Last weekend I finished up two games of the Gettysburg scenario in Ted Raicer and GMT Games‘ Clash of Giants: Civil War. Both were a Union victory, with the CSA forces unable to seize the key defensive (and victory point) positions before the Union could grab them. Thereafter, these positions were too strong, and the CSA suffered huge losses in their assaults. The Union artillery – especially within the framework of the teleport ability such units have in the game system – was a significant barrier as well.
First, given the variable reinforcement timetable that the game uses, I am unsure how definite one can be about play balance. That having been said, there’s no way I was playing the game well enough to say I had tested it out to the limits, and I am sure others will do better as the CSA. For the avoidance of doubt, I am not complaining about the play balance; generally, I am more interested in the history.
Second, I was surprised by how well the game captured the ebb and flow of the battle. Presently, I still think it’s too easy to get round the flanks of enemy lines who simply stand still in the face of the obvious threat. This is partly related to the lack of simultaneous movement, and partly to the all seeing eye in the sky the players have. I wonder if any attempt at a fix – like a limited reaction ability – would be more trouble than it would be worth, or lead to other unwelcome consequences. Also, it’s fair to say that because you know that being outflanked and surrounded is a bad, bad, thing, there are certain defensive tactics that can reduce the potential for this happening.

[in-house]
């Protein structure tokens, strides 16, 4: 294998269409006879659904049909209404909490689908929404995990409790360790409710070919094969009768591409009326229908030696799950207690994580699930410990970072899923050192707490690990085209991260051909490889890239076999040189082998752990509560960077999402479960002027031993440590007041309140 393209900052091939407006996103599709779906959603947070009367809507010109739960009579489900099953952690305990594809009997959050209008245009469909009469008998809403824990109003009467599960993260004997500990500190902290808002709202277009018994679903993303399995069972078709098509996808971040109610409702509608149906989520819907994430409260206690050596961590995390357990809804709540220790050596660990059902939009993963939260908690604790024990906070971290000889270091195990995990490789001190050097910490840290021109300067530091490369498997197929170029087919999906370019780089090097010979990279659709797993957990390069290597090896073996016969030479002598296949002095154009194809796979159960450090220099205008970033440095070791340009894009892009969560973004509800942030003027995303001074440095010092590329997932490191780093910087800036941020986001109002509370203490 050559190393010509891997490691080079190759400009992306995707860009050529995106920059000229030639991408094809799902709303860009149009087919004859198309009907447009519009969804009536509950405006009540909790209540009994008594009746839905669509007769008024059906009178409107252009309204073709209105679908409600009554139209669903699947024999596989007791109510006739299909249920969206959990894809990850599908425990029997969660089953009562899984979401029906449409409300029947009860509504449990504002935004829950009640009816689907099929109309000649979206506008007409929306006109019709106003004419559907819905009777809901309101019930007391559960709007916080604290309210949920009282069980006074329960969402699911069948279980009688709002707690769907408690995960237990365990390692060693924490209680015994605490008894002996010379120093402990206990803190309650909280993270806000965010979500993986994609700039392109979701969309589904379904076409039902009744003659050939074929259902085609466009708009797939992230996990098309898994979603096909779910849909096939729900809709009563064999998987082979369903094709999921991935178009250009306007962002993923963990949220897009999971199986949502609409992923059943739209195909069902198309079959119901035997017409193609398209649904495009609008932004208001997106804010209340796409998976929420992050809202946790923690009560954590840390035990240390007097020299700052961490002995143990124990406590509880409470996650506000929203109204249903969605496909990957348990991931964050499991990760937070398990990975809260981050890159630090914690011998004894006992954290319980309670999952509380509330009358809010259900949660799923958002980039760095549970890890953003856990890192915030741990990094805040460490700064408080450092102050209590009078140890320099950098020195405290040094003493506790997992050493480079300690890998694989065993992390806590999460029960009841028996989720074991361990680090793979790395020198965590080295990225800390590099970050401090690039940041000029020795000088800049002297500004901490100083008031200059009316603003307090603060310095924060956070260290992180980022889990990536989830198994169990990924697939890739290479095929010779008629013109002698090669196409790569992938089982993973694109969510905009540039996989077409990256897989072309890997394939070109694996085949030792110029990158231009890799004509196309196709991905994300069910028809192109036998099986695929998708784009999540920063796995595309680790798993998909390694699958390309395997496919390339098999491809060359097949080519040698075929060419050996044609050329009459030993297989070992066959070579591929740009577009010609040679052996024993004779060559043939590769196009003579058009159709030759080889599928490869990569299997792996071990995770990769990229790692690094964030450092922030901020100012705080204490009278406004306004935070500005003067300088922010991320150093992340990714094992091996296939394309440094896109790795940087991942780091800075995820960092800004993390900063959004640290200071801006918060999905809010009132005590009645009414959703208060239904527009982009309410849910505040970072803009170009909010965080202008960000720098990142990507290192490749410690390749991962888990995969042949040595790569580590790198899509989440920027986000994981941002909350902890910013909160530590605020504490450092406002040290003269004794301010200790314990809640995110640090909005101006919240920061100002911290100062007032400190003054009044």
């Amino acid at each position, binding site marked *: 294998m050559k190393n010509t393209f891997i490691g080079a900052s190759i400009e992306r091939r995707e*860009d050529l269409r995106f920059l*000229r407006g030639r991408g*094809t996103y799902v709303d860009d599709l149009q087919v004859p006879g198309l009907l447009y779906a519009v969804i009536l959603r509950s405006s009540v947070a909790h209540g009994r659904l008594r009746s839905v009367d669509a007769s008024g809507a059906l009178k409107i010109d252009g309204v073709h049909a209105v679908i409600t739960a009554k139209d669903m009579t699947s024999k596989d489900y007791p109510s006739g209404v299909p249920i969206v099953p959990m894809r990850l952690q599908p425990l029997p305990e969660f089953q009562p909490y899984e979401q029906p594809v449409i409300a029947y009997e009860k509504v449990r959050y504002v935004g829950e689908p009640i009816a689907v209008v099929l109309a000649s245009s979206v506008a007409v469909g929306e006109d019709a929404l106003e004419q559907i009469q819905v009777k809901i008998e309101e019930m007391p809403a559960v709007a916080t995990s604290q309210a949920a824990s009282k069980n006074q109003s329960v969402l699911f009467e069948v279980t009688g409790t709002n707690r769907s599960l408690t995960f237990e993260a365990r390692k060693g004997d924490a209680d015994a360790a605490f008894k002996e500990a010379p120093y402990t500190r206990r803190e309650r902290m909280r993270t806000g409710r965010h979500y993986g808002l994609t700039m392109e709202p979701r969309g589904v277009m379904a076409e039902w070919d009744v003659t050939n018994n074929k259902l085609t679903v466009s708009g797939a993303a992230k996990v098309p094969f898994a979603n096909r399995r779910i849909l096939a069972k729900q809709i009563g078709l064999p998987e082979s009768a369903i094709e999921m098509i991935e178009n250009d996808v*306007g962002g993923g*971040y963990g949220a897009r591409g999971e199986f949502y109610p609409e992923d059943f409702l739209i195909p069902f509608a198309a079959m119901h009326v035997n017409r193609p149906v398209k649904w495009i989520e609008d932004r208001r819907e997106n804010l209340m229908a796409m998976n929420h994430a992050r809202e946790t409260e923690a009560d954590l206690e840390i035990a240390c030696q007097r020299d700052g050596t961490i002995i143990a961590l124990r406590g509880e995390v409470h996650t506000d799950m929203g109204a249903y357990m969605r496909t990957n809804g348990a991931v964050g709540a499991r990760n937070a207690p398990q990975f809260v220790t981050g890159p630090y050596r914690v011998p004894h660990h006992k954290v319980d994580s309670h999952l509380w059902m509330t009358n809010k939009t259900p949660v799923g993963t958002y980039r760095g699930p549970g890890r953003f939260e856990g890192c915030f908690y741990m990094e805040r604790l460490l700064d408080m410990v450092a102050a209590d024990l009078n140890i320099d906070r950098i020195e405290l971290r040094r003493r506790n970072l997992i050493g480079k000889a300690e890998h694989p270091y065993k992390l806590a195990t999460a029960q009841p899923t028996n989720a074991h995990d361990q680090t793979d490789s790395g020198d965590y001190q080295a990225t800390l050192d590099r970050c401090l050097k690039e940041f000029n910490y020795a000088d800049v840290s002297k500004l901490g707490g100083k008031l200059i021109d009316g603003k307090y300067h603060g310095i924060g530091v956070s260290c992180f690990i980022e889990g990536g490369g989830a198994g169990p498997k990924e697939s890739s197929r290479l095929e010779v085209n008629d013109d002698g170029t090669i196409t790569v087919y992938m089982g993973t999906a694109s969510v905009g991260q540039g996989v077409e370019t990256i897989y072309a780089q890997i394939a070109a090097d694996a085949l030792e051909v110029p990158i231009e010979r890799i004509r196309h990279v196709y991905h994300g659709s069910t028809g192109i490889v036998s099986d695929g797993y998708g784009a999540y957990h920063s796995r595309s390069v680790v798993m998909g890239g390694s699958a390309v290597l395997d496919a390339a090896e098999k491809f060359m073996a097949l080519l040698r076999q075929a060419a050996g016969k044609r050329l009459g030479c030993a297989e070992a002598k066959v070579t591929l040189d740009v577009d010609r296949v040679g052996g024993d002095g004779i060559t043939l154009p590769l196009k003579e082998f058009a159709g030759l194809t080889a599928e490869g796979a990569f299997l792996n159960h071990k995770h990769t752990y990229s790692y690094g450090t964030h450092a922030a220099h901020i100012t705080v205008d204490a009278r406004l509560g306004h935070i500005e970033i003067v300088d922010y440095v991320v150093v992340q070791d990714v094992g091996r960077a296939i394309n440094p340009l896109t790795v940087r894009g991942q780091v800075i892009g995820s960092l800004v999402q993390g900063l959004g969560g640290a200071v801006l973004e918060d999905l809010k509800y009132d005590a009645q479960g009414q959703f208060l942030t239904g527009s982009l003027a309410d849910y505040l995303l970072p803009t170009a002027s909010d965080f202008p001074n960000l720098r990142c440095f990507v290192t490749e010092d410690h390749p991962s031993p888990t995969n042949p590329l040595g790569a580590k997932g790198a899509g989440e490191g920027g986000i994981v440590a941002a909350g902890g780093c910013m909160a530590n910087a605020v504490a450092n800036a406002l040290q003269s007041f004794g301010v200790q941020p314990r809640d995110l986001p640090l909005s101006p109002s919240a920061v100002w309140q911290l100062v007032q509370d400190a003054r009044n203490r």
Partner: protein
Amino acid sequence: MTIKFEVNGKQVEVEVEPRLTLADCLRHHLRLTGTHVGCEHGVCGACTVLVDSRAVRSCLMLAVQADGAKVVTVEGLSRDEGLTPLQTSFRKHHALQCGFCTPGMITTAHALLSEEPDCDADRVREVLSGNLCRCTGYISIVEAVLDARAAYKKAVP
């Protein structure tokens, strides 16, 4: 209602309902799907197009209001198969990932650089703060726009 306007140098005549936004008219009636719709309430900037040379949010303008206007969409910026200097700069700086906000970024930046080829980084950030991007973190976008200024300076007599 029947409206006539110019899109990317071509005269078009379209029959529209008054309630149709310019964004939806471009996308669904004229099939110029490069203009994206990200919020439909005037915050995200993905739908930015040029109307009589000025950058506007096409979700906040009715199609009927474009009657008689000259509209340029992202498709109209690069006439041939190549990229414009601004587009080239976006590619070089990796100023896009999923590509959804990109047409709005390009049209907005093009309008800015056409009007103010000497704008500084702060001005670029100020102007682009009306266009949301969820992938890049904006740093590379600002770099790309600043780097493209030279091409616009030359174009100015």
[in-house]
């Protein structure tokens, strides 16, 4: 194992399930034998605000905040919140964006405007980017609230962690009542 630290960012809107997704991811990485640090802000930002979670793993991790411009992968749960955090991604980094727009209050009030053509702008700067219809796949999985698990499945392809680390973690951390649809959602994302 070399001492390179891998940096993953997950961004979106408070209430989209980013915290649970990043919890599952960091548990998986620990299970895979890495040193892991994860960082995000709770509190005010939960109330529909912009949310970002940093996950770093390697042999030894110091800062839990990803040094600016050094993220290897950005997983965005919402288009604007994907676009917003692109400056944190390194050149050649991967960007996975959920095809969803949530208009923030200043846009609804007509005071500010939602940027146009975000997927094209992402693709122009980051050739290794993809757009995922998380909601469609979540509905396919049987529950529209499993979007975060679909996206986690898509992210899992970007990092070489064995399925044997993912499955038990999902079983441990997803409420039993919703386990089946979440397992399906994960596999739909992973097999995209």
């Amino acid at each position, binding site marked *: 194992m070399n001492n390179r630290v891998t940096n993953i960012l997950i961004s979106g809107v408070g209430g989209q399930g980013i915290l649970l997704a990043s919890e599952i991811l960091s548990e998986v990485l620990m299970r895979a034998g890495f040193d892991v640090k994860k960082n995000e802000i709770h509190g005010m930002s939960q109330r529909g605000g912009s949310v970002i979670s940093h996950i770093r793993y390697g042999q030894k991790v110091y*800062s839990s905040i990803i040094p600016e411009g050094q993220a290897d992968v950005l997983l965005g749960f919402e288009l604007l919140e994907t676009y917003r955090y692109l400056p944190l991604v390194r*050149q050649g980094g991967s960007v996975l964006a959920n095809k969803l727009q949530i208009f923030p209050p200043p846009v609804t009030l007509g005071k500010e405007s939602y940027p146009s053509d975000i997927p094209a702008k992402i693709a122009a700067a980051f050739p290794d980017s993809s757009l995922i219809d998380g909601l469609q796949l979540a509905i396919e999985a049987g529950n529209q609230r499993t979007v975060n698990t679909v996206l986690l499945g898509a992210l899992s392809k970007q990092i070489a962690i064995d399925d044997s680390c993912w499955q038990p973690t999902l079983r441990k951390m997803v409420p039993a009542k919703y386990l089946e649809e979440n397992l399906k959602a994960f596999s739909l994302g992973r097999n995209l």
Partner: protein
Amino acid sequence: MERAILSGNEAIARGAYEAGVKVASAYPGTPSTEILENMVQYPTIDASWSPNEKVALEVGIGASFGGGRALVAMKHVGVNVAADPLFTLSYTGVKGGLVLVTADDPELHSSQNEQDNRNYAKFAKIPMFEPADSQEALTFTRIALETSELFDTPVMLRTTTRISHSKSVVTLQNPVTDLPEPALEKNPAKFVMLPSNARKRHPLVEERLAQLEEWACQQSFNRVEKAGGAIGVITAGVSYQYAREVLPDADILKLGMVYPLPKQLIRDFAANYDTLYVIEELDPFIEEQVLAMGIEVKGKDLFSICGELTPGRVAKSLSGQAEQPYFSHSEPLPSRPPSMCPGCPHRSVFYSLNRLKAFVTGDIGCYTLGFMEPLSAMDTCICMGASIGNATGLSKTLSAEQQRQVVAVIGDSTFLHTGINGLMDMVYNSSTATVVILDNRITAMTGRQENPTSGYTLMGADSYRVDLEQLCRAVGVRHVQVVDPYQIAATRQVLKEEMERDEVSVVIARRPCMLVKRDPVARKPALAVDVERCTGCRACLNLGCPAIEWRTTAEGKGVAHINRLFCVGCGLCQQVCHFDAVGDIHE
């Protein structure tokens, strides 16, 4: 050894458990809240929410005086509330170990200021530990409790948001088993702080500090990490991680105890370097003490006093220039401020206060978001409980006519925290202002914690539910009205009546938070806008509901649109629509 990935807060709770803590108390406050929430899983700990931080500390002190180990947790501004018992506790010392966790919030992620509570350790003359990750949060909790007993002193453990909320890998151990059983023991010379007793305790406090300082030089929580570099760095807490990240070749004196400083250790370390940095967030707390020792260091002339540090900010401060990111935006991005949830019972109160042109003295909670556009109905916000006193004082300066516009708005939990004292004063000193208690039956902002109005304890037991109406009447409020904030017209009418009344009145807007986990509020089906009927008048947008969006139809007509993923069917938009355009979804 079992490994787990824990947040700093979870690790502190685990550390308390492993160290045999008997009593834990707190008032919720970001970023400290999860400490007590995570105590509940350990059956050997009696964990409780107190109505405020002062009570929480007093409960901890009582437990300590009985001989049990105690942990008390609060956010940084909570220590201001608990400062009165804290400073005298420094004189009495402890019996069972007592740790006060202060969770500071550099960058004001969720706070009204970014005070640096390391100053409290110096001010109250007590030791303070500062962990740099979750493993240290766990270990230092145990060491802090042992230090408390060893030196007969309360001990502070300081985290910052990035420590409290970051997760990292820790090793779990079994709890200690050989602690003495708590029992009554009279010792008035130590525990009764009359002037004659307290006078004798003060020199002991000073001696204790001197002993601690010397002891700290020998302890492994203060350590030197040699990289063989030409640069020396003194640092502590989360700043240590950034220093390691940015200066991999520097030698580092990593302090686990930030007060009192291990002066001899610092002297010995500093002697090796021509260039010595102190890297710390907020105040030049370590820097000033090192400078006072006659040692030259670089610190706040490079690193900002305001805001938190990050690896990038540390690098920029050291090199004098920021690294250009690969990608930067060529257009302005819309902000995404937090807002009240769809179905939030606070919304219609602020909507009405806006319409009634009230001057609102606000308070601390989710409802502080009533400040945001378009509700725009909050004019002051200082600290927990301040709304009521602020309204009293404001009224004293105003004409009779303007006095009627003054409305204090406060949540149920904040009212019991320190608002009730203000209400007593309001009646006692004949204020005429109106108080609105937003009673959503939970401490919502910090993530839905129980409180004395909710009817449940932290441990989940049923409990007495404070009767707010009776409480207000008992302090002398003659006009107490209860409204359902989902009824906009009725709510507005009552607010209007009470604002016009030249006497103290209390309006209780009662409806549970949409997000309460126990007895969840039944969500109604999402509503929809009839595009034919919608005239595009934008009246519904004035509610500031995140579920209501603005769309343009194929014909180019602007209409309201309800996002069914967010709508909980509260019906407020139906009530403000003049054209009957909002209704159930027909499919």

Third, I used my house rule for artillery availability, and that saved a chunk of time each turn.The game is fast to play.
While this system is not going to be my ACW system of choice, it’s definitely got its place in my collection as a fast, playable, and enjoyable game package. This area of the market is too crowded already, but I have a sneaking suspicion that a turbocharged version of this system – switching to 1d10 or 2d6 resolution, more steps per unit, more variety in combat results, more command and control (like orders, for example), fog of war, the removal of the artillery teleporting ability, and maybe even adopting some of Michael Resch’s ideas from his 1914 system games – would be well received. For now, this will have to do.